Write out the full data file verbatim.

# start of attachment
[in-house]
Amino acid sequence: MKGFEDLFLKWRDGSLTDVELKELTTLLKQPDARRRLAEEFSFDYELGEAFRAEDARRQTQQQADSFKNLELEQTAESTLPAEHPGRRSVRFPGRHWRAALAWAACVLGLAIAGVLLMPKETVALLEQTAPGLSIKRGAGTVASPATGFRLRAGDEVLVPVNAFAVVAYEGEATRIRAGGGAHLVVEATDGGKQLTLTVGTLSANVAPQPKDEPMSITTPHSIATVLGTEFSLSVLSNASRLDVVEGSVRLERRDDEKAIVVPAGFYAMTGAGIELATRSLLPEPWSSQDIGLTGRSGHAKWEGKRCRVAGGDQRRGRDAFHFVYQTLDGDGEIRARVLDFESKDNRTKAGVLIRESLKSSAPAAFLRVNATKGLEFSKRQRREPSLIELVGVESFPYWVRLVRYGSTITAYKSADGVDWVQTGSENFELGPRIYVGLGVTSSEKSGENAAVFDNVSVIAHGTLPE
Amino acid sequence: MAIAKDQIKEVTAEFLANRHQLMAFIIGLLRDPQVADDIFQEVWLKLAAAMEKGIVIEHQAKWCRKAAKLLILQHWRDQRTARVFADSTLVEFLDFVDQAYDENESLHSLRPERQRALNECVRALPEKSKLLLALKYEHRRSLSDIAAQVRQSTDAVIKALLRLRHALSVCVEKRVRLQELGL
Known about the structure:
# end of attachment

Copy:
[in-house]
Amino acid sequence: MKGFEDLFLKWRDGSLTDVELKELTTLLKQPDARRRLAEEFSFDYELGEAFRAEDARRQTQQQADSFKNLELEQTAESTLPAEHPGRRSVRFPGRHWRAALAWAACVLGLAIAGVLLMPKETVALLEQTAPGLSIKRGAGTVASPATGFRLRAGDEVLVPVNAFAVVAYEGEATRIRAGGGAHLVVEATDGGKQLTLTVGTLSANVAPQPKDEPMSITTPHSIATVLGTEFSLSVLSNASRLDVVEGSVRLERRDDEKAIVVPAGFYAMTGAGIELATRSLLPEPWSSQDIGLTGRSGHAKWEGKRCRVAGGDQRRGRDAFHFVYQTLDGDGEIRARVLDFESKDNRTKAGVLIRESLKSSAPAAFLRVNATKGLEFSKRQRREPSLIELVGVESFPYWVRLVRYGSTITAYKSADGVDWVQTGSENFELGPRIYVGLGVTSSEKSGENAAVFDNVSVIAHGTLPE
Amino acid sequence: MAIAKDQIKEVTAEFLANRHQLMAFIIGLLRDPQVADDIFQEVWLKLAAAMEKGIVIEHQAKWCRKAAKLLILQHWRDQRTARVFADSTLVEFLDFVDQAYDENESLHSLRPERQRALNECVRALPEKSKLLLALKYEHRRSLSDIAAQVRQSTDAVIKALLRLRHALSVCVEKRVRLQELGL
Known about the structure: